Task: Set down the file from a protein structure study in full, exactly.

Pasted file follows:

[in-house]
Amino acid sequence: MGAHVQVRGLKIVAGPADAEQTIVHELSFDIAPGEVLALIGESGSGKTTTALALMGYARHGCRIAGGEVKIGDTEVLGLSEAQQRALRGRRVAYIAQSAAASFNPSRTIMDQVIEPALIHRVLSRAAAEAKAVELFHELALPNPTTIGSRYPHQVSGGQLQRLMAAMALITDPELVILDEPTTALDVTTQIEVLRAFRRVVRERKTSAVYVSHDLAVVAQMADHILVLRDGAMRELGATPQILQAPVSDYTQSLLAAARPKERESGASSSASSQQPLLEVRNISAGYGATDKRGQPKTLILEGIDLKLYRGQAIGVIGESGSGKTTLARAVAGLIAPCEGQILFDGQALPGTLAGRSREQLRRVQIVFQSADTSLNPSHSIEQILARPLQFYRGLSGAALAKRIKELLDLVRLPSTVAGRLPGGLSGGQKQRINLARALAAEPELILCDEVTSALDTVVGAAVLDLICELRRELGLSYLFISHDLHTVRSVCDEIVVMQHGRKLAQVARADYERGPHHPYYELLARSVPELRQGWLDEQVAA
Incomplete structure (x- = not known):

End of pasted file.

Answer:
[in-house]
Amino acid sequence: MGAHVQVRGLKIVAGPADAEQTIVHELSFDIAPGEVLALIGESGSGKTTTALALMGYARHGCRIAGGEVKIGDTEVLGLSEAQQRALRGRRVAYIAQSAAASFNPSRTIMDQVIEPALIHRVLSRAAAEAKAVELFHELALPNPTTIGSRYPHQVSGGQLQRLMAAMALITDPELVILDEPTTALDVTTQIEVLRAFRRVVRERKTSAVYVSHDLAVVAQMADHILVLRDGAMRELGATPQILQAPVSDYTQSLLAAARPKERESGASSSASSQQPLLEVRNISAGYGATDKRGQPKTLILEGIDLKLYRGQAIGVIGESGSGKTTLARAVAGLIAPCEGQILFDGQALPGTLAGRSREQLRRVQIVFQSADTSLNPSHSIEQILARPLQFYRGLSGAALAKRIKELLDLVRLPSTVAGRLPGGLSGGQKQRINLARALAAEPELILCDEVTSALDTVVGAAVLDLICELRRELGLSYLFISHDLHTVRSVCDEIVVMQHGRKLAQVARADYERGPHHPYYELLARSVPELRQGWLDEQVAA
Incomplete structure (x- = not known):